I have been at UVA since July 2015, after graduating with my PhD in epidemiology from UNC-Chapel Hill. I started as a post-doctoral fellow in the Center for Global Health. I transitioned to Assistant Professor in the Department of Public Health Sciences and Division of Infectious Diseases and International Health in 2016. I currently teach the advanced epidemiology methods course in the MPH program and conduct a wide range of infectious disease research projects with a primary focus on enteric disease among young children in low-resource settings.
As an undergraduate, I struggled with where to take my interests in the biological and medical sciences. Early on, I knew that I didn’t want to be a doctor, but I also didn’t love bench science. Epidemiology turned out to be a perfect fit in that it combined my interests in science and math, intending to improve public health. I am fulfilled by the opportunity to generate knowledge that ultimately we hope can improve health at the population level, focusing on prevention and the underserved.
What brought you to Charlottesville?
UVA happens to be the home of many of the top diarrhea researchers globally, so it was an ideal place for me to pursue a post-doc after being in a PhD program where I didn’t have diarrhea-focused mentors. I was particularly excited to work with Dr. Guerrant and Dr. Dillingham in the Center for Global Health.
What excites you about your work?
Sometimes I have existential crises about my work’s relevance, particularly when my husband reminds me that we already know how to prevent diarrhea with large scale water/sanitation infrastructure, so what else is there to know? But, these moments are fleeting. I am excited by how the seemingly incremental knowledge we generate builds into important contributions to our field. I have been lucky to be part of efforts to redefine the global burden of specific causes of diarrhea, quantify their long-term impact in kids, understand why currently available interventions have been unsuccessful, characterize the relationship with antibiotic use and AMR, and prepare for future enteric vaccines. I also get very excited about solving nerdy epidemiologic methods problems, which seem to keep popping up in our work.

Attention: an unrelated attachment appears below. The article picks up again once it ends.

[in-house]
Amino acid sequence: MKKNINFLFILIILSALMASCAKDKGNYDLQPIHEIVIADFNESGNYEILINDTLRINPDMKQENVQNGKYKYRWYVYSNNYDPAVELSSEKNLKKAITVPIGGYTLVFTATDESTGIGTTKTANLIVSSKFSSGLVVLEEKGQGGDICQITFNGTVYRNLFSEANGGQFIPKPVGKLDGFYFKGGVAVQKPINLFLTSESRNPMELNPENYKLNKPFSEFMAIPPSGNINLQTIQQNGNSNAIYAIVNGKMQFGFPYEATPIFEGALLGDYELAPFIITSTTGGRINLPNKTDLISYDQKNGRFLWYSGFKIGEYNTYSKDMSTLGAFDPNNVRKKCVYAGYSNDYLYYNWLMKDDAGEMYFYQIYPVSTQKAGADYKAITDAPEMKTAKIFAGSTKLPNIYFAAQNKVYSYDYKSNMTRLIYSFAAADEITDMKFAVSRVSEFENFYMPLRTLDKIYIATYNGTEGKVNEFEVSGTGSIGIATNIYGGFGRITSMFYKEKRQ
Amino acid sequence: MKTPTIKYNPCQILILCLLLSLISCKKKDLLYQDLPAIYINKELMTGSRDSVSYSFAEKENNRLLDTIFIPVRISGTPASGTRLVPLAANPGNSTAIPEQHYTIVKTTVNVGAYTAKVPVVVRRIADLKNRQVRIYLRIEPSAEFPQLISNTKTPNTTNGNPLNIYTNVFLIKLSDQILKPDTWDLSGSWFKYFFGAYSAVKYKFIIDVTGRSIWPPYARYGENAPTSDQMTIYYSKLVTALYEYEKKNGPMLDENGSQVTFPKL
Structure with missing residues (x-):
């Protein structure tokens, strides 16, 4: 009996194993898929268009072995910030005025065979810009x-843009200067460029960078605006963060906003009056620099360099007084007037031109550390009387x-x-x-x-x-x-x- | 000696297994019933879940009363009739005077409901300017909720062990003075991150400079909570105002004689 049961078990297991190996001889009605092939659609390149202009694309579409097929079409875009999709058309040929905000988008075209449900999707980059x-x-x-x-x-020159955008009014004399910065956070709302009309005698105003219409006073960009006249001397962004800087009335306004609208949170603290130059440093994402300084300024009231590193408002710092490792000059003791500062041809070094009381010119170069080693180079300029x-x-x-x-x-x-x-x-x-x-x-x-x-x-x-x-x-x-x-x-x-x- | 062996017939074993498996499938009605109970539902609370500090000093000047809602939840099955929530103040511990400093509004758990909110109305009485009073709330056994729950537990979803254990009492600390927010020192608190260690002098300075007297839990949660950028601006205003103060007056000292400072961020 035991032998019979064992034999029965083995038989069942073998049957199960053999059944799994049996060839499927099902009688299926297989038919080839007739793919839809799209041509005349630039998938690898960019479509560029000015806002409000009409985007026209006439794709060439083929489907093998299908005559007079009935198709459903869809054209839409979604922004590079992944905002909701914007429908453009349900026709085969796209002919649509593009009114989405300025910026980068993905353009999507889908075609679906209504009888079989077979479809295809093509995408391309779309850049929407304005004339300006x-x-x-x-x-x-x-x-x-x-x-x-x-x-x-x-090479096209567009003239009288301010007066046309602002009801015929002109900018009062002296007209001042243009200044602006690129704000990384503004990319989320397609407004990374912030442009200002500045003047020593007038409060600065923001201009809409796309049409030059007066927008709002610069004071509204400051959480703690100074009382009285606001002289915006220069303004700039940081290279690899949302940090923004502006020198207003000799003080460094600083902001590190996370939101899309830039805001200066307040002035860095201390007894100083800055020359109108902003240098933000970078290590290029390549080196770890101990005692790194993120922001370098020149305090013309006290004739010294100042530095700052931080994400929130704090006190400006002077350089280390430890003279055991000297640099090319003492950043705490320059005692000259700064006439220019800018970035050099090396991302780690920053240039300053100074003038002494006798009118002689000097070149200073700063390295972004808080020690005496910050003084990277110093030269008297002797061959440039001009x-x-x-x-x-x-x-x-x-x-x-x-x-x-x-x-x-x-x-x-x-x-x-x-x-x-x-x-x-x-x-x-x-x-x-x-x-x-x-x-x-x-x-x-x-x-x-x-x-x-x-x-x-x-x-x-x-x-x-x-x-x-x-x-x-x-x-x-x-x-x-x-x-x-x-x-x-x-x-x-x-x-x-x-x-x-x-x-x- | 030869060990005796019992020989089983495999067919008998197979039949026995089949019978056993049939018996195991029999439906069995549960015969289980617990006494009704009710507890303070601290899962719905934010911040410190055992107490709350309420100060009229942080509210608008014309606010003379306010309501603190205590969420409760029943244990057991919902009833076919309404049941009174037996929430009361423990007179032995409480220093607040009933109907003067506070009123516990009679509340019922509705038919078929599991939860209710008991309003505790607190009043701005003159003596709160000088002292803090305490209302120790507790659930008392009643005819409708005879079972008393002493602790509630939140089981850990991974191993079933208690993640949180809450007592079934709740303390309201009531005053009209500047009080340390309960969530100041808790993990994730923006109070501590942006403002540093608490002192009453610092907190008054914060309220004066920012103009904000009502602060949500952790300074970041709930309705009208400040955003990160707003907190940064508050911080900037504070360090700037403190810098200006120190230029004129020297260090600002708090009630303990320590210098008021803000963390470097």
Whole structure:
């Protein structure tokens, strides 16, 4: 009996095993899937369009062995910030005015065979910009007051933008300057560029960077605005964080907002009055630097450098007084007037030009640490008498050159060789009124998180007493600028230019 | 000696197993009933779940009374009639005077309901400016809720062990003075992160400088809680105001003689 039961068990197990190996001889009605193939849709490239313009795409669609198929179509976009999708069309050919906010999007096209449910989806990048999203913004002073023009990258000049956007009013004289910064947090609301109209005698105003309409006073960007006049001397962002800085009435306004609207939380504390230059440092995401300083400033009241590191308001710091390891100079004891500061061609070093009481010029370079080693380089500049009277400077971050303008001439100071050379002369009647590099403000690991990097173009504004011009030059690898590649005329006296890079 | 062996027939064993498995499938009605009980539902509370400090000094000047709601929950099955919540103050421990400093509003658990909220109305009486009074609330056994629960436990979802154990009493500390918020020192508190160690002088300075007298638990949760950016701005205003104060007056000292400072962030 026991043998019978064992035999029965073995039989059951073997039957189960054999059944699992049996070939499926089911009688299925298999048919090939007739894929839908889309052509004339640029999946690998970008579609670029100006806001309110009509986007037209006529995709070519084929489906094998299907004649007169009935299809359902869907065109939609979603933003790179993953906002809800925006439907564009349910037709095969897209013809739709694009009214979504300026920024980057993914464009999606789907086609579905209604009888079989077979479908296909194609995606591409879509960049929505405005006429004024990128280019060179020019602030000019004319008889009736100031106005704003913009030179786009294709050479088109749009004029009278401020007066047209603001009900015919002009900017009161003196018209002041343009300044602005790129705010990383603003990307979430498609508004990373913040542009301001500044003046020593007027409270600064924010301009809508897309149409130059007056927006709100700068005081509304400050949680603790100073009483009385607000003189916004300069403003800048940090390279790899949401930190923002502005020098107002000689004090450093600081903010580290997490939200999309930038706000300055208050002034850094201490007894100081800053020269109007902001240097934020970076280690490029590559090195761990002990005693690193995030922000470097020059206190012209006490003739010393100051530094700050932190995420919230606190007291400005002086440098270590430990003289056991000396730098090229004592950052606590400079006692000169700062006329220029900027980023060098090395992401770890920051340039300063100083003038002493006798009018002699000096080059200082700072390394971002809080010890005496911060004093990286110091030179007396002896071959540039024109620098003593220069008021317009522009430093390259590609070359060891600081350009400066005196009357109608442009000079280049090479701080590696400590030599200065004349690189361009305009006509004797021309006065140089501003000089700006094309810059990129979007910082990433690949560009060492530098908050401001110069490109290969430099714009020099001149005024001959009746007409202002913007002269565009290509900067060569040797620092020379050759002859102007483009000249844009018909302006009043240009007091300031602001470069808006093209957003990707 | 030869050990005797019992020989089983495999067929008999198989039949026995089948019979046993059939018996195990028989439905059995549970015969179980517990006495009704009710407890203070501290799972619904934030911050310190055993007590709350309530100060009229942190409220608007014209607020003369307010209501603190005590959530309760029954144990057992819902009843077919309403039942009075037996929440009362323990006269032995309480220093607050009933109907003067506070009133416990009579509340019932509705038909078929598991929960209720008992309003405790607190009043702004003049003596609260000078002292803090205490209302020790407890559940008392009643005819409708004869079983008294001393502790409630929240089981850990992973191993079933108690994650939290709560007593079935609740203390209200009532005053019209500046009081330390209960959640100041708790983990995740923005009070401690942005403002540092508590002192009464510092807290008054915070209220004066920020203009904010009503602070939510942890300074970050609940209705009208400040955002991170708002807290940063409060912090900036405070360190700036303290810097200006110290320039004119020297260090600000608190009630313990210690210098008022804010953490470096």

Proudest/greatest achievement outside the professional realm?
Surviving unmedicated childbirth and many a sleepless night with a newborn – I have so much newfound respect for all mamas!
What are you usually doing on the weekend?
Spending time with my 4-month old son, Simon, and trying to do a COVID-safe activity outside the house, which usually involves a hike or picnic.
How did you meet your partner?
Elias and I connected in Charlottesville over our interest in Zen Buddhism and through sitting meditation with the Blue Ridge Zen Group.
What’s one thing you always have in your fridge?
Hummus. I am getting tired of hummus, but it’s our go-to snack and I’m not creative enough to think of an alternative!
What about you would surprise us?
My husband and I bought a school bus from the school district in Coffee County, Tennessee to build a mobile tea house. It’s still a work in progress but we can’t wait to share it with you!
What is a talent or skill that you don’t have that you wish you did?
I really would love to be a good tennis player.
What is the last book you read for pleasure?
A Gentleman in Moscow by Amor Towles
What was your first job, how old were you?
When I was 17, I worked as a To-go person at Famous Dave’s barbeque restaurant. I got the job in the To-go area because I was deemed smart enough to operate a cash register and was too young to be a server. I had to answer the phone and say, “Welcome to Famous Dave’s, this is Famous Liz, how can I help you?”